Alex: I think of early medieval definitions of death, hold a mirror up to the face and see if it fogs. I think also of the caskets, the head of the pull mechanism so you can trigger a flag so that somebody above knows that they’re not dead. They’re alive. I also think I want to interject another movie reference, because this is fun and there are so many good movie references. Princess Bride. He’s not dead, he’s mostly dead. There’s a big difference between dead and mostly dead.
Bob: Famous quote, yes.
Alex: I did have a question, which I’ve forgotten with the Princess Bride, but Liz looks like you’ve got one.
Liz: I was just going to say that again, with mechanical ventilation though that’s made it much more difficult for us to have that very inherent gut notion that this person is dead. I remember situations in residency for example, where there was actually a lot of challenge in determining whether or not they were actually apneic because there was all the mechanical ventilation, all the other technologies complicating it.
Bob: Yeah, and even our intuition that if you’re breathing you’re alive and if you’re not breathing, maybe you’re dead. Look at the famous example of Christopher Reeves, Superman, with his cervical quadriplegia, he couldn’t breathe. Just like a brain dead patient can’t breathe and yet, no one would doubt that he was alive, right? So the correlations between breathing and being alive or being dead are imperfect at best. But nevertheless I think that has been one of the hallmarks of the diagnosis of brain death that I think would be very difficult to get rid of.
Eric: Can I ask another hallmark that we often see, brainstem reflexes how does that fit in? Why are they so important?
Bob: Great question. I think there’s a good answer for it. If you’ve been at the bedside when we do the neurological exam, we do these brainstem reflex testing very carefully. We get, for example, for the pupillary reflex, we have these devices now that can detect microscopic constriction of the pupils. So we’re very meticulous about that and yet, you might ask, why are we doing that? People can live just fine if their pupils don’t constrict. You don’t need those brainstem reflexes in order to do activities of daily living.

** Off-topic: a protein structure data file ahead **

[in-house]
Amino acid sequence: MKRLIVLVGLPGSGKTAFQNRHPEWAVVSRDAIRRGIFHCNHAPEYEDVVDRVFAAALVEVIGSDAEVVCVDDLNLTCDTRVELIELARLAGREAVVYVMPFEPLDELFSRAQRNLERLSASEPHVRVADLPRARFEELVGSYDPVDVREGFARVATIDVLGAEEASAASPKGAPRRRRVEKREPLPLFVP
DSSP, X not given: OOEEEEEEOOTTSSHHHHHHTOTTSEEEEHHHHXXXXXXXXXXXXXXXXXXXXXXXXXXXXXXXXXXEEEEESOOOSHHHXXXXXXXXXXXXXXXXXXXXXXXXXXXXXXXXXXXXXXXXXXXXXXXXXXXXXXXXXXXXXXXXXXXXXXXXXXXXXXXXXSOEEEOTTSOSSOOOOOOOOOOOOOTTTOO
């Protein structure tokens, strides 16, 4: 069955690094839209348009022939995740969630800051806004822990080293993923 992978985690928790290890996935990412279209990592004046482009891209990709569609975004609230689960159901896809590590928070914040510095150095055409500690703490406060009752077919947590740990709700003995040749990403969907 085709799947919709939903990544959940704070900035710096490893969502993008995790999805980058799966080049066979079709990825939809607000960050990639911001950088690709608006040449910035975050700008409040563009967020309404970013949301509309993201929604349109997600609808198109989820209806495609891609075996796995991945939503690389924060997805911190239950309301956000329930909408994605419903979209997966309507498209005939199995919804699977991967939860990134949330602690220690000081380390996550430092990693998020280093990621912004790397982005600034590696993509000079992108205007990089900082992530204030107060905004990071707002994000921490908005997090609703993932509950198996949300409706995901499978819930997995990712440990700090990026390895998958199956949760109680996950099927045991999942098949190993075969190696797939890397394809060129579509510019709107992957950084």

Bob: The reason that we do that is because there’s a structure in the brainstem called the reticular activating system, which is responsible for wakefulness. For example, for patients in a PVS, it is still active and that’s why they have sleep-wake cycles. We can’t actually test that. There’s no way of testing that, but the RAS is surrounded by these brain stem nuclei. So by testing for those brain stem reflexes and knowing that they are gone, we infer therefore that the RAS is also non-functional. If the RAS is non-functional then by definition the patient cannot be conscious.
Bob: So it’s a supplementary way in addition to pressing on the sternum, pressing on the nail beds, it is a supplementary way of knowing that this patient really is unconscious.
Alex: I’ve got a couple more questions. First one, what would we call this term that is distinguished from biological death? Would we call it brain death and call it separate? Would we call it irreversible apneic state? And would that provide comfort to families who want 30% of individuals who are uncomfortable removing life sustaining treatment from a person who is in such a state without knowing that they are dead.